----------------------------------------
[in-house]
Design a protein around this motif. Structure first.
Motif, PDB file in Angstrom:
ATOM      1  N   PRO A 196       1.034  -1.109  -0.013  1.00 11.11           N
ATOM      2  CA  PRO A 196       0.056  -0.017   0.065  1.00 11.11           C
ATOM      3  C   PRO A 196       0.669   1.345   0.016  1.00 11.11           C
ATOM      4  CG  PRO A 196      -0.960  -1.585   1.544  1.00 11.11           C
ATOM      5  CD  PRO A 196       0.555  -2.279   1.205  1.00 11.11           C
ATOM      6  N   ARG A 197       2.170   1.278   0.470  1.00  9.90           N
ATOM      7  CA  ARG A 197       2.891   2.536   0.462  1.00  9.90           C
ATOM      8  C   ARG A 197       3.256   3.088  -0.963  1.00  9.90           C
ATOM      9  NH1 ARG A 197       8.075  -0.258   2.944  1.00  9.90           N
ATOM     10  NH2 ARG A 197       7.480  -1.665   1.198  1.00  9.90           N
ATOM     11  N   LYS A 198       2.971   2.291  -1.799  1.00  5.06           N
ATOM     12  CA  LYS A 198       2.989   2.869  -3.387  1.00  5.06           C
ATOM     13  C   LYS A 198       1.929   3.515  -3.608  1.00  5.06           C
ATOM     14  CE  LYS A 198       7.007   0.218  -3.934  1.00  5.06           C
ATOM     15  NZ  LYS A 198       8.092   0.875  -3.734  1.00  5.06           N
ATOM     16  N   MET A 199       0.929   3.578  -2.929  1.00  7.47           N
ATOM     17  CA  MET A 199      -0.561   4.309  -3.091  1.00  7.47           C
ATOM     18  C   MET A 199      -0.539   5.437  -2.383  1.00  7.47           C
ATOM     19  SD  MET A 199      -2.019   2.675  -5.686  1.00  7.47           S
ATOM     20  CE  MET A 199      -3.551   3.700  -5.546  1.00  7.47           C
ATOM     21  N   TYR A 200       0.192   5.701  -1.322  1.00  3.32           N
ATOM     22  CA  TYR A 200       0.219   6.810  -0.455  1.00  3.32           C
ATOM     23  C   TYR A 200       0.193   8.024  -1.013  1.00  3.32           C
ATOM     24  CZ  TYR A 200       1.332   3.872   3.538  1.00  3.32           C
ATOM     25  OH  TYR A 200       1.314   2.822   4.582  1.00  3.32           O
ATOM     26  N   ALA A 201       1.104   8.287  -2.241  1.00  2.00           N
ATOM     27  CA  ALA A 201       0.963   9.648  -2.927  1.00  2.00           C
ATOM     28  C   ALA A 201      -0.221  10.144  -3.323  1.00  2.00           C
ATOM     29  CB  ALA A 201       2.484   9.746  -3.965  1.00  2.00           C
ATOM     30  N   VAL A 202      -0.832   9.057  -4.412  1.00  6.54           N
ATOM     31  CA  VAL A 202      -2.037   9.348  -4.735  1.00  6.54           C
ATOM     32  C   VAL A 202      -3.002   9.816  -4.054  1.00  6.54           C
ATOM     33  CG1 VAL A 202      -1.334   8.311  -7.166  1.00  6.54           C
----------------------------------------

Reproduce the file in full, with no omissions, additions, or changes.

[in-house]
Design a protein around this motif. Structure first.
Motif, PDB file in Angstrom:
ATOM      1  N   PRO A 196       1.034  -1.109  -0.013  1.00 11.11           N
ATOM      2  CA  PRO A 196       0.056  -0.017   0.065  1.00 11.11           C
ATOM      3  C   PRO A 196       0.669   1.345   0.016  1.00 11.11           C
ATOM      4  CG  PRO A 196      -0.960  -1.585   1.544  1.00 11.11           C
ATOM      5  CD  PRO A 196       0.555  -2.279   1.205  1.00 11.11           C
ATOM      6  N   ARG A 197       2.170   1.278   0.470  1.00  9.90           N
ATOM      7  CA  ARG A 197       2.891   2.536   0.462  1.00  9.90           C
ATOM      8  C   ARG A 197       3.256   3.088  -0.963  1.00  9.90           C
ATOM      9  NH1 ARG A 197       8.075  -0.258   2.944  1.00  9.90           N
ATOM     10  NH2 ARG A 197       7.480  -1.665   1.198  1.00  9.90           N
ATOM     11  N   LYS A 198       2.971   2.291  -1.799  1.00  5.06           N
ATOM     12  CA  LYS A 198       2.989   2.869  -3.387  1.00  5.06           C
ATOM     13  C   LYS A 198       1.929   3.515  -3.608  1.00  5.06           C
ATOM     14  CE  LYS A 198       7.007   0.218  -3.934  1.00  5.06           C
ATOM     15  NZ  LYS A 198       8.092   0.875  -3.734  1.00  5.06           N
ATOM     16  N   MET A 199       0.929   3.578  -2.929  1.00  7.47           N
ATOM     17  CA  MET A 199      -0.561   4.309  -3.091  1.00  7.47           C
ATOM     18  C   MET A 199      -0.539   5.437  -2.383  1.00  7.47           C
ATOM     19  SD  MET A 199      -2.019   2.675  -5.686  1.00  7.47           S
ATOM     20  CE  MET A 199      -3.551   3.700  -5.546  1.00  7.47           C
ATOM     21  N   TYR A 200       0.192   5.701  -1.322  1.00  3.32           N
ATOM     22  CA  TYR A 200       0.219   6.810  -0.455  1.00  3.32           C
ATOM     23  C   TYR A 200       0.193   8.024  -1.013  1.00  3.32           C
ATOM     24  CZ  TYR A 200       1.332   3.872   3.538  1.00  3.32           C
ATOM     25  OH  TYR A 200       1.314   2.822   4.582  1.00  3.32           O
ATOM     26  N   ALA A 201       1.104   8.287  -2.241  1.00  2.00           N
ATOM     27  CA  ALA A 201       0.963   9.648  -2.927  1.00  2.00           C
ATOM     28  C   ALA A 201      -0.221  10.144  -3.323  1.00  2.00           C
ATOM     29  CB  ALA A 201       2.484   9.746  -3.965  1.00  2.00           C
ATOM     30  N   VAL A 202      -0.832   9.057  -4.412  1.00  6.54           N
ATOM     31  CA  VAL A 202      -2.037   9.348  -4.735  1.00  6.54           C
ATOM     32  C   VAL A 202      -3.002   9.816  -4.054  1.00  6.54           C
ATOM     33  CG1 VAL A 202      -1.334   8.311  -7.166  1.00  6.54           C